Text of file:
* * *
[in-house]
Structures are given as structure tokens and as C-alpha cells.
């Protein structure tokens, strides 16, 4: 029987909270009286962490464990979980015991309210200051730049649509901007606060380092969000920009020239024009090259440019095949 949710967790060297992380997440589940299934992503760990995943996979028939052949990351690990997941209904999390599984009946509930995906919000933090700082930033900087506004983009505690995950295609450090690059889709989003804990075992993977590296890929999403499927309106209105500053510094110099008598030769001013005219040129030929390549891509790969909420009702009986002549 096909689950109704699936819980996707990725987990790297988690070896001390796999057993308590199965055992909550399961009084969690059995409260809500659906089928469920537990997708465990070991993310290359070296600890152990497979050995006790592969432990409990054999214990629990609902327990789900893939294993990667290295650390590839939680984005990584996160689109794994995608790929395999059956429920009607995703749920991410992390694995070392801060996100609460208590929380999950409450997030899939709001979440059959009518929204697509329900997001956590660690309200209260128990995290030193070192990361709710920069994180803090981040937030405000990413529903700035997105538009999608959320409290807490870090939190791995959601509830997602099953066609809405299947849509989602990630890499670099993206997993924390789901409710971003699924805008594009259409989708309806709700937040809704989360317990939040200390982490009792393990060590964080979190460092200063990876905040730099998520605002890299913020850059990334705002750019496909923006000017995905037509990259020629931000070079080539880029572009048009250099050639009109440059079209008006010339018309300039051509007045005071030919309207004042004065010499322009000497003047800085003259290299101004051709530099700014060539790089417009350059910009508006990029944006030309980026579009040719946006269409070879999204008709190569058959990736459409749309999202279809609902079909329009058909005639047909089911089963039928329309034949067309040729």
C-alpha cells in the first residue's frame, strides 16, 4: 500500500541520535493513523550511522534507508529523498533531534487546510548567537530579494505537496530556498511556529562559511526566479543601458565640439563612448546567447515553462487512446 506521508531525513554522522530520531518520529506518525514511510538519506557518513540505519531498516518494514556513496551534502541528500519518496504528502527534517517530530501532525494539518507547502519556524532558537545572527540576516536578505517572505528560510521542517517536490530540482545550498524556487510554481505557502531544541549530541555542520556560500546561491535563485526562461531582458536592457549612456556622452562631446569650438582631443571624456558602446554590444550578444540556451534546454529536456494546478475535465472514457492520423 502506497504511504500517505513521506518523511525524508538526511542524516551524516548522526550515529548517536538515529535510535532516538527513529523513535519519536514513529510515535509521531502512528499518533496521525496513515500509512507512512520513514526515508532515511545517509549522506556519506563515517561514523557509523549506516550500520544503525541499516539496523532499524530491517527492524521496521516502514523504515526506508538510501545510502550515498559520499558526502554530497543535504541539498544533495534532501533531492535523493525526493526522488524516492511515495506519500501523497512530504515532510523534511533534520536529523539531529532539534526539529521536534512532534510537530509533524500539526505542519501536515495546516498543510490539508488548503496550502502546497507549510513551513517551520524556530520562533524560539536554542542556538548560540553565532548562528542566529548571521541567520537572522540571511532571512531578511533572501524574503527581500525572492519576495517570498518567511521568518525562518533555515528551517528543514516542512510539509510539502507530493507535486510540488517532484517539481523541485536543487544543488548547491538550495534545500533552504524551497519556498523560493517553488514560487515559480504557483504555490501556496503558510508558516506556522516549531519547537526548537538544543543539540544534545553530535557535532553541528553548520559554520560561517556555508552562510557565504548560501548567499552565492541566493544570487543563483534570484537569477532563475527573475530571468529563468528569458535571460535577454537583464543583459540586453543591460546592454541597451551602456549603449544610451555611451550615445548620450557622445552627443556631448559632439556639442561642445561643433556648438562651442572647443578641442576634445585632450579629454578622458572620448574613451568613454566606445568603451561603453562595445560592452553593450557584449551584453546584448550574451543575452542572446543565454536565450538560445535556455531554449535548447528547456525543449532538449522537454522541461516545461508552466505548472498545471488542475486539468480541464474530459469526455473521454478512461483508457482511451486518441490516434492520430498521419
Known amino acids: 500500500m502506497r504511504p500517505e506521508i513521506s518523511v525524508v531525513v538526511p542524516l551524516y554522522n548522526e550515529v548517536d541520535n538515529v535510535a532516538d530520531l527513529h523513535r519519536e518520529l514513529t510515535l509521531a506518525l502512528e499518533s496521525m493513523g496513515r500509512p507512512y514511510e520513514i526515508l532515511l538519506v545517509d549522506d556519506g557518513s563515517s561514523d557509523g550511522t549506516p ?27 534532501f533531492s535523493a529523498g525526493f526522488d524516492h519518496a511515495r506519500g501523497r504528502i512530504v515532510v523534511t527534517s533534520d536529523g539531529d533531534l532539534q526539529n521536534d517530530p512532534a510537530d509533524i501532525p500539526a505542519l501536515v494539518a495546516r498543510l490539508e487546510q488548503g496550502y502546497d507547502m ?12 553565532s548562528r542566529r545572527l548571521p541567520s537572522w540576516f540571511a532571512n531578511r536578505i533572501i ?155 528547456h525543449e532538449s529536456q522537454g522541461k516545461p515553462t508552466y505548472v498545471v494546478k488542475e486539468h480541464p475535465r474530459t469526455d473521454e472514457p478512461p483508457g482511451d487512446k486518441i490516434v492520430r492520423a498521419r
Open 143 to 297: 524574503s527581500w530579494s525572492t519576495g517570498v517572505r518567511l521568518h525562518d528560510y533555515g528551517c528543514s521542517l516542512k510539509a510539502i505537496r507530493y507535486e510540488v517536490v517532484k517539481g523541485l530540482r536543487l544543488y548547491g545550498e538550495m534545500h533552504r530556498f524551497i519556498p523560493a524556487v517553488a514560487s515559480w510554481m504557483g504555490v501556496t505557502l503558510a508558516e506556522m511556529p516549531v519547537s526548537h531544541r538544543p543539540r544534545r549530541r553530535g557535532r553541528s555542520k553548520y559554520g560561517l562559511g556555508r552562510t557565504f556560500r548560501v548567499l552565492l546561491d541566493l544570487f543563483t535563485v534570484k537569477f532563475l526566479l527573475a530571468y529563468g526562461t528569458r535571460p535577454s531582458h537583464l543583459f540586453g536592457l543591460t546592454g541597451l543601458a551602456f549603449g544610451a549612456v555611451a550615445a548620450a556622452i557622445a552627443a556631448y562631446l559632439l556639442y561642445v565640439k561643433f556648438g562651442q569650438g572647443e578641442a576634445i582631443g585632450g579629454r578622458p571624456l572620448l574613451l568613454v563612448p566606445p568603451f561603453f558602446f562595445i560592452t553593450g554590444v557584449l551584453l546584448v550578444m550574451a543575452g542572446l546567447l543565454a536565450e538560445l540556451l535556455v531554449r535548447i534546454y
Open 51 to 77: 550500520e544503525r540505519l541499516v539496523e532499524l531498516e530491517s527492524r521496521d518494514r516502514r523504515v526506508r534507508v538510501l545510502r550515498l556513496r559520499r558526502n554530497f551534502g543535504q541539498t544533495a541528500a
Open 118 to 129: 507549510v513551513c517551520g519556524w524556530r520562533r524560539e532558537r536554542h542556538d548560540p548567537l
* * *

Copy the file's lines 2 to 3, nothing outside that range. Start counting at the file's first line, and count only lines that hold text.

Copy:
Structures are given as structure tokens and as C-alpha cells.
């Protein structure tokens, strides 16, 4: 029987909270009286962490464990979980015991309210200051730049649509901007606060380092969000920009020239024009090259440019095949 949710967790060297992380997440589940299934992503760990995943996979028939052949990351690990997941209904999390599984009946509930995906919000933090700082930033900087506004983009505690995950295609450090690059889709989003804990075992993977590296890929999403499927309106209105500053510094110099008598030769001013005219040129030929390549891509790969909420009702009986002549 096909689950109704699936819980996707990725987990790297988690070896001390796999057993308590199965055992909550399961009084969690059995409260809500659906089928469920537990997708465990070991993310290359070296600890152990497979050995006790592969432990409990054999214990629990609902327990789900893939294993990667290295650390590839939680984005990584996160689109794994995608790929395999059956429920009607995703749920991410992390694995070392801060996100609460208590929380999950409450997030899939709001979440059959009518929204697509329900997001956590660690309200209260128990995290030193070192990361709710920069994180803090981040937030405000990413529903700035997105538009999608959320409290807490870090939190791995959601509830997602099953066609809405299947849509989602990630890499670099993206997993924390789901409710971003699924805008594009259409989708309806709700937040809704989360317990939040200390982490009792393990060590964080979190460092200063990876905040730099998520605002890299913020850059990334705002750019496909923006000017995905037509990259020629931000070079080539880029572009048009250099050639009109440059079209008006010339018309300039051509007045005071030919309207004042004065010499322009000497003047800085003259290299101004051709530099700014060539790089417009350059910009508006990029944006030309980026579009040719946006269409070879999204008709190569058959990736459409749309999202279809609902079909329009058909005639047909089911089963039928329309034949067309040729």